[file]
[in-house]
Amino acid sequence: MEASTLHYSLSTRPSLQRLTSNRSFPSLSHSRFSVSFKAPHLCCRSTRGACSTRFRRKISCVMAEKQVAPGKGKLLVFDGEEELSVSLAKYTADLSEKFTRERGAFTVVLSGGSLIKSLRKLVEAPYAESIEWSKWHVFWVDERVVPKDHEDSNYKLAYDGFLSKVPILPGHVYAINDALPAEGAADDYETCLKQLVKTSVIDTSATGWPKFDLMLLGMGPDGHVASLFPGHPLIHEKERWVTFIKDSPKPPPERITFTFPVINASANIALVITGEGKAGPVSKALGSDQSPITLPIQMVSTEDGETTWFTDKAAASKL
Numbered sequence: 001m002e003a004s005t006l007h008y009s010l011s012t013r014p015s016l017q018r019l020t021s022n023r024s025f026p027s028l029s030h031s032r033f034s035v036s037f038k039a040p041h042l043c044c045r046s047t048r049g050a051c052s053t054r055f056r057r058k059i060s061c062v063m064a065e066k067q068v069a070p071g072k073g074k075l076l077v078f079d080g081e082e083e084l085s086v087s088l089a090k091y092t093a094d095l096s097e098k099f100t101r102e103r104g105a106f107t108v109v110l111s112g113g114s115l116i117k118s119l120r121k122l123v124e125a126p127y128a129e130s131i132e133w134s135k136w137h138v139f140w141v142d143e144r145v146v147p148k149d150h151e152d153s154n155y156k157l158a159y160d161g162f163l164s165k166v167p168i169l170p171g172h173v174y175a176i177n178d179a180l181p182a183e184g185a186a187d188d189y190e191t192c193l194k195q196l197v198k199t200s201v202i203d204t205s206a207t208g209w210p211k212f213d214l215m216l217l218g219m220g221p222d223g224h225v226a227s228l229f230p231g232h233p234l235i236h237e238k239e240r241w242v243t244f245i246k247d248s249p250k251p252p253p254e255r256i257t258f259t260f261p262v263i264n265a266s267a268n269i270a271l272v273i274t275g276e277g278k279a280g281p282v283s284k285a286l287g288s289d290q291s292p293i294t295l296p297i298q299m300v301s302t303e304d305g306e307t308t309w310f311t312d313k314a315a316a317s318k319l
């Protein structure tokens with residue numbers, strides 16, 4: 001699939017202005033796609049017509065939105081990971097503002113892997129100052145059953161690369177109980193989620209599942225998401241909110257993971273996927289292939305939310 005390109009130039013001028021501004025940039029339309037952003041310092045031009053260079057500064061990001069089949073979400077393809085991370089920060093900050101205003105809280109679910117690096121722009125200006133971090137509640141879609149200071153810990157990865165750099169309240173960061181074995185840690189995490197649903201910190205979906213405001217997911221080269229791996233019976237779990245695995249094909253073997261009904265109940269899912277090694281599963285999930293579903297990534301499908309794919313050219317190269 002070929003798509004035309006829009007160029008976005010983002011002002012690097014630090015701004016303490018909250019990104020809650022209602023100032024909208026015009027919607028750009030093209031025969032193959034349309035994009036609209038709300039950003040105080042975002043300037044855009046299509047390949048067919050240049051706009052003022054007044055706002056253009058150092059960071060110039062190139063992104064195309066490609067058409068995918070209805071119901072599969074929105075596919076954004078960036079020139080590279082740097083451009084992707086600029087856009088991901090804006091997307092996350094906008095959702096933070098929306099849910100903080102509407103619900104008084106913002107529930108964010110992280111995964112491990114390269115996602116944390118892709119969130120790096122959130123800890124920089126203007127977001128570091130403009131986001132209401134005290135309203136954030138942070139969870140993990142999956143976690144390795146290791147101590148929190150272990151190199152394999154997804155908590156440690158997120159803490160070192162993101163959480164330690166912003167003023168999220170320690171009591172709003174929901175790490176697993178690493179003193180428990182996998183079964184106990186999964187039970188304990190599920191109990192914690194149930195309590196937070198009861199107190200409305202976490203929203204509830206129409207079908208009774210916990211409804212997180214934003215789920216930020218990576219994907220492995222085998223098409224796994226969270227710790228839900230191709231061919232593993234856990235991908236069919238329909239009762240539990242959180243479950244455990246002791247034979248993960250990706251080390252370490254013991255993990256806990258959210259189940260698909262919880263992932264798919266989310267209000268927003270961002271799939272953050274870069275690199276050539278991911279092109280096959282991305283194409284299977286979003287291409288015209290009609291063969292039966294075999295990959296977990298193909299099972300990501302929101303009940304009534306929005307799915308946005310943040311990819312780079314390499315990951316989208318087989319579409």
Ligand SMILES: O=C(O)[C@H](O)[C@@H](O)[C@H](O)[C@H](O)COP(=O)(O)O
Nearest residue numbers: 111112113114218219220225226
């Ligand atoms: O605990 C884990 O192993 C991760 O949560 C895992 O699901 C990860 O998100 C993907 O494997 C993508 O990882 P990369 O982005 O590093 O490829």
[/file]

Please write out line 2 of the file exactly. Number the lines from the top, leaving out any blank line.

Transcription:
Amino acid sequence: MEASTLHYSLSTRPSLQRLTSNRSFPSLSHSRFSVSFKAPHLCCRSTRGACSTRFRRKISCVMAEKQVAPGKGKLLVFDGEEELSVSLAKYTADLSEKFTRERGAFTVVLSGGSLIKSLRKLVEAPYAESIEWSKWHVFWVDERVVPKDHEDSNYKLAYDGFLSKVPILPGHVYAINDALPAEGAADDYETCLKQLVKTSVIDTSATGWPKFDLMLLGMGPDGHVASLFPGHPLIHEKERWVTFIKDSPKPPPERITFTFPVINASANIALVITGEGKAGPVSKALGSDQSPITLPIQMVSTEDGETTWFTDKAAASKL